You’re guessing right. We weren’t the lucky ones who could see the full potential of the centre.
We saw the star world only on the computer screens in the observatory, which left us daydreaming about mysterious star constellations and planets we know so little about.
Montsec Astronomy Park is the third place in the world to have been designated a Starlight Reserve and sixth to be recognized as a Starlight Touristic Destination. Plan your trip to PAM wisely and do check the weather before booking an appointment.
You won’t experience the fire in the Pyrenees literally, but your blood will definitely get hotter and your pulse will beat at racing speed when you visit one of the adventurous parks in the Lleida region.
You can get your fitness level tested, as well as face all of your fears in Naturan adventure park in Les. Despite that we’d already had one experience with a forest park in Finland, there was still a lot to figure out while hanging on a tree, crossing a swinging bridge and flying on a fantastic zip line at the end.
Note: A big shout out to Lina from Divergent Travellers who stood behind me and guided me with a few tricks on how to cross some obstacles without panicking or giving up at all!
How to arrive to the Lleida Pyrenees
In case you aren’t traveling in the Lleida Pyrenees by car, you can arrive there either by train (www.renfe.com), by plane (www.aerroportlleida.cat) or by bus (tel: +34 973 268 500).
Where to stay in Lleida Pyrenees
Hotel Port d’Ager
Carretera C-12 KM-195
25691 Eger, Lleida
Contact: 00 34 973 29 22 98, 657 98 31 54, 647 52 39 53, [email protected]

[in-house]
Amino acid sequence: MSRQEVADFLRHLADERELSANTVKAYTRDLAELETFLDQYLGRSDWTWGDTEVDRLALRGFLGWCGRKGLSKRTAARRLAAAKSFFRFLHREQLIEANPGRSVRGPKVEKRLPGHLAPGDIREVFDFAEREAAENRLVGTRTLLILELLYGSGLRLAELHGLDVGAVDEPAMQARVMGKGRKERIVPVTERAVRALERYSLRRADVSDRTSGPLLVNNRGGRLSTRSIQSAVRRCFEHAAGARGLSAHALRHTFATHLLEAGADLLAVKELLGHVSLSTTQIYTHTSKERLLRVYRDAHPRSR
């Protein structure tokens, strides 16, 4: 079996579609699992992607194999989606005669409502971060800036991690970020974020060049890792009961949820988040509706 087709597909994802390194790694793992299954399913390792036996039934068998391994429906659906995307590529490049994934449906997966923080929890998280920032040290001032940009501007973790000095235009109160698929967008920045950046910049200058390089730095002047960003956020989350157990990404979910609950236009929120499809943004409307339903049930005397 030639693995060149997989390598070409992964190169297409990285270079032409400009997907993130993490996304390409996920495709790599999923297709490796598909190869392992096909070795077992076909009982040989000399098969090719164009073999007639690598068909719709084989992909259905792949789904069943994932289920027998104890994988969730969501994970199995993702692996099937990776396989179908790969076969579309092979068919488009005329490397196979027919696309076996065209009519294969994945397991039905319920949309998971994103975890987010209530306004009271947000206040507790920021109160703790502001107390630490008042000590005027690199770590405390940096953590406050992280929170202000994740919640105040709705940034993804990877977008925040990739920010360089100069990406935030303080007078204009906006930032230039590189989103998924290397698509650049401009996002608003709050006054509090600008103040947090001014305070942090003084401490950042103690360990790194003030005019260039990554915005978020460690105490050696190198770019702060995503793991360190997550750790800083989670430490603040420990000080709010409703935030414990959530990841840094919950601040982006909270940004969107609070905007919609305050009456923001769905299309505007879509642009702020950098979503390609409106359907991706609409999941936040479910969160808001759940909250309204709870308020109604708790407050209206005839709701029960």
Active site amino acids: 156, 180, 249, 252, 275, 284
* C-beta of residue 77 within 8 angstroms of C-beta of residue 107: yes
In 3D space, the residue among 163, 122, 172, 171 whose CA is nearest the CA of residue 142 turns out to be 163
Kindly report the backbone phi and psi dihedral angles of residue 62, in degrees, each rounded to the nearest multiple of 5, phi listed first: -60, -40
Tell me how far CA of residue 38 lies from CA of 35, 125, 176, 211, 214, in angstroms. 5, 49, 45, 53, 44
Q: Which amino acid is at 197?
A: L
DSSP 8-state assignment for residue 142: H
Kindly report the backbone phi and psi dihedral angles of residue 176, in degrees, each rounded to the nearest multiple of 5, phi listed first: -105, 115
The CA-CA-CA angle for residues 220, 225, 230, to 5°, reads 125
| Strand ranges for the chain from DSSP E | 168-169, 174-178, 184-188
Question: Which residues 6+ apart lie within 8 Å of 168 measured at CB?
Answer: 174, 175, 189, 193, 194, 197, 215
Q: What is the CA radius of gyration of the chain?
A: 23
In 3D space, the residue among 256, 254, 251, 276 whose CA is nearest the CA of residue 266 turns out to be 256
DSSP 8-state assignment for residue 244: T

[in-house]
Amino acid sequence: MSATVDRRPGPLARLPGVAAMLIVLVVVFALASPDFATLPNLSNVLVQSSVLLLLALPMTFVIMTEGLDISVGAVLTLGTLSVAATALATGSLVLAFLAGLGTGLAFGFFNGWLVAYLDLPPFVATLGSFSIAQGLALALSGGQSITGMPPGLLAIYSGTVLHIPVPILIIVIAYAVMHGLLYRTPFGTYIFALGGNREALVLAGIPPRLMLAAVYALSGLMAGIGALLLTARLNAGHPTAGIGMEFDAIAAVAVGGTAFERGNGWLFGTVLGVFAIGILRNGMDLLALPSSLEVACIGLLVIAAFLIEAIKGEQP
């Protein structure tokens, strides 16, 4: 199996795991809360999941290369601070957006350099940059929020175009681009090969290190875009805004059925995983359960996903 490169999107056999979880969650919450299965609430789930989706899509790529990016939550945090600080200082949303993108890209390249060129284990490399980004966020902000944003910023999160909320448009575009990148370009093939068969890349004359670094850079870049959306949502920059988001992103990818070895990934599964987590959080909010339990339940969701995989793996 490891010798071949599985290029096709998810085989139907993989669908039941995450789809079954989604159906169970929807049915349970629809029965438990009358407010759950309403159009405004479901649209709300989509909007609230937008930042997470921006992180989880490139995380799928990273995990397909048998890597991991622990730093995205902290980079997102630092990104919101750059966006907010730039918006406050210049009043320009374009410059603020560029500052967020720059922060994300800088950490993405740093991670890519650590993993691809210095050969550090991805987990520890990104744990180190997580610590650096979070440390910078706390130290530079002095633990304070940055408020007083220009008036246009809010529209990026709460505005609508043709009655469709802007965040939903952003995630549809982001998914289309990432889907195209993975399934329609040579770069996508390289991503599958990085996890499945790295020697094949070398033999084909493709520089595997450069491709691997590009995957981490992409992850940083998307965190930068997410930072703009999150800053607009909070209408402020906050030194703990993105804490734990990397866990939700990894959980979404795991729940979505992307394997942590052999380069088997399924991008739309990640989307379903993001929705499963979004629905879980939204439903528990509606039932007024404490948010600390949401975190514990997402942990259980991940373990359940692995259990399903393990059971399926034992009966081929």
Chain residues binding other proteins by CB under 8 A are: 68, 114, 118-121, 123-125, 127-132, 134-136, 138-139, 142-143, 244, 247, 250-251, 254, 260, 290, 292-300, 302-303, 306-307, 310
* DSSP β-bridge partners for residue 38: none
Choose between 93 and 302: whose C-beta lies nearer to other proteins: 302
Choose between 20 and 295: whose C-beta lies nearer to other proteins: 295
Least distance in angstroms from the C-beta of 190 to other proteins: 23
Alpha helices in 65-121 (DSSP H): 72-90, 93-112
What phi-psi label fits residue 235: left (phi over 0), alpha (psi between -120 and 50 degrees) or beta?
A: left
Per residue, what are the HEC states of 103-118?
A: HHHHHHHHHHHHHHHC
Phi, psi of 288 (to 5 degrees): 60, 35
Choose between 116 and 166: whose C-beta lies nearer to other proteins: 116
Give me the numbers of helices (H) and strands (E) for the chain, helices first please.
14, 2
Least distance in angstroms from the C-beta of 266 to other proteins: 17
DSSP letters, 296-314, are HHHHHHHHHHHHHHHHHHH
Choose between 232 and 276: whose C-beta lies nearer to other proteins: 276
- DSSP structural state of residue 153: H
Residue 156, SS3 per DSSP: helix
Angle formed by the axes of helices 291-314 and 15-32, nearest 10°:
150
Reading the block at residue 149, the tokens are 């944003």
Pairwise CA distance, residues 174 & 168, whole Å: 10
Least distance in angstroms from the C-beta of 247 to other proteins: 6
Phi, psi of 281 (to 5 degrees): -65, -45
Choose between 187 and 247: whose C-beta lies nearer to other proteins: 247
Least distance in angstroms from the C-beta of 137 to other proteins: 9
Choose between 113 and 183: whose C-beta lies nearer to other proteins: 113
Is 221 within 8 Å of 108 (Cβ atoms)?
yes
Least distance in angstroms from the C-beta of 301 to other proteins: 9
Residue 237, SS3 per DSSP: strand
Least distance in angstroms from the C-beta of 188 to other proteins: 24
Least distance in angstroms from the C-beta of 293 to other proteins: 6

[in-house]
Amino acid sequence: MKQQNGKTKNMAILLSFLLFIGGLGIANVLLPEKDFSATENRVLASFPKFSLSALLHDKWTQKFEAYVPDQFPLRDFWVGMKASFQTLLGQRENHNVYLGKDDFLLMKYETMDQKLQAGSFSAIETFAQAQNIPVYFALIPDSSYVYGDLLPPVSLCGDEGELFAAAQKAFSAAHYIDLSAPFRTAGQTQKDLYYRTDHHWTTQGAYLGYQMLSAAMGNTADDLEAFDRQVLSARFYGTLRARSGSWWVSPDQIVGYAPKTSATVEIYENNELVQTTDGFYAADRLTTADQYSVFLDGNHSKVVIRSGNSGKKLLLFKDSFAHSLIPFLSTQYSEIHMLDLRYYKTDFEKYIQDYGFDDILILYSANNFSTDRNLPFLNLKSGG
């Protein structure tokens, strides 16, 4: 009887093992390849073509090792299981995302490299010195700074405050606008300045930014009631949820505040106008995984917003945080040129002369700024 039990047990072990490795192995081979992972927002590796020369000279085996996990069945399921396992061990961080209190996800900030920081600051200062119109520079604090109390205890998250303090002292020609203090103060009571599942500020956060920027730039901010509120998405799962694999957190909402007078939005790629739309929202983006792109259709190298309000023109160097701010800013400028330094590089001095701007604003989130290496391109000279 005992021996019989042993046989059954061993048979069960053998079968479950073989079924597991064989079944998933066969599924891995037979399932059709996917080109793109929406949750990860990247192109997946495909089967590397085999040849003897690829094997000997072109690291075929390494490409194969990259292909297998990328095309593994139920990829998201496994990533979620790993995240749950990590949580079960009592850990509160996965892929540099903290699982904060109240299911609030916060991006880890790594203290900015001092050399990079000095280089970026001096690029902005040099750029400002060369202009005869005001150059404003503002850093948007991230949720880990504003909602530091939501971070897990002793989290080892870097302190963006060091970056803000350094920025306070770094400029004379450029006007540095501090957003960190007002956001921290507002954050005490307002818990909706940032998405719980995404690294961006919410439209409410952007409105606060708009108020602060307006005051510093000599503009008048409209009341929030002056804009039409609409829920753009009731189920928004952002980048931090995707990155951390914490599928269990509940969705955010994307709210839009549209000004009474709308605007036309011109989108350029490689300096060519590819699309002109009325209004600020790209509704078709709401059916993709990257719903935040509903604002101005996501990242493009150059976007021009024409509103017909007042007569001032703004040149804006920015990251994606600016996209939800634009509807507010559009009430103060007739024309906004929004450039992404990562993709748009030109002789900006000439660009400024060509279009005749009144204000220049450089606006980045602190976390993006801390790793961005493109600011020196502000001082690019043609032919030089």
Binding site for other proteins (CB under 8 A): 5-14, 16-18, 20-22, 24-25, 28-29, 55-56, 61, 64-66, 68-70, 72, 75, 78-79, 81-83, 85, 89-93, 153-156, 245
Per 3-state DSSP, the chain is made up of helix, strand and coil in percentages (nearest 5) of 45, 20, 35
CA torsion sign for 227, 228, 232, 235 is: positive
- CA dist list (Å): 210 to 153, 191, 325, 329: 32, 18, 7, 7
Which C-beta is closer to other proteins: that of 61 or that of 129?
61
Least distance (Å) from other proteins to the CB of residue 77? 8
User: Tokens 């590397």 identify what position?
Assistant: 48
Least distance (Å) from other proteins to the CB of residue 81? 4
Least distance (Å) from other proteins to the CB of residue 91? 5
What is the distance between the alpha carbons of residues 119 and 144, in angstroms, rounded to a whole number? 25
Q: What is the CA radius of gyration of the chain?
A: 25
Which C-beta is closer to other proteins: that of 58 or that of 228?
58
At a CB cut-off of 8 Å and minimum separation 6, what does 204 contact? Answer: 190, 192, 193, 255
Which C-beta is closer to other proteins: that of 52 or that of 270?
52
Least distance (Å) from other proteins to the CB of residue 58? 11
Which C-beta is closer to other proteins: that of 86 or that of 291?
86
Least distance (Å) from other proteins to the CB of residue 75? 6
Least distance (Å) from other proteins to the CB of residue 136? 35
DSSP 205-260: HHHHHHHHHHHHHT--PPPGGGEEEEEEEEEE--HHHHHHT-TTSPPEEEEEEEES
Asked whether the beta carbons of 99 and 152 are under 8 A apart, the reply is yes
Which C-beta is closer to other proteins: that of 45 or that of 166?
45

Eight cozy rooms with good WIFI and spectacular views of the valley and Montsec Ager mountain range.
Price: From $92 for a double room in high season.
Hotel La Placa en Erill la Vall
Plaza de la Iglesia, 1
25528 Erill la Vall, Lleida
Contact : 00 34 973 69 60 26
A hotel located opposite Santa Eulalia church in Vall de Boí, ideal when heading to the Aigüestortes i Estany de Sant Maurici National Park .
Price: From $60 for a double room in high season
Petitsaüc Apartaments Turístics
255 28 Taüll
Vall de Boí (Lleida)
Contact: +34 973 69 63 27
Chic apartments for couples or small groups (up to 7).
Price: Apartment for two people starting from $83 in high season.
Which element of the Lleida Pyrenees in Spain would you like to experience yourself and why? Please, leave a comment below.
Disclosure: A big thank you goes to Arallleida tourism board that helped us to organize the trip. As always, our opinions and impressions are our own.
5 thoughts on “Four Natural Elements of the Lleida Pyrenees in Spain”
Absolutely gorgeous! And, the obstacle course looks like so much fun. Just added this to my to-do list 🙂
Thanks for reading, Marie! Yup, adventure park was a nice experience, hope you can try it yourself 🙂
awesome pics! thanks for sharing
This was a really great trip! Just realized you guys gave us a shout out!! That park was fun and we conquered it! 🙂
Oh yes, we did, Lina! Hope to catch up with you somewhere in the world this year, guys 🙂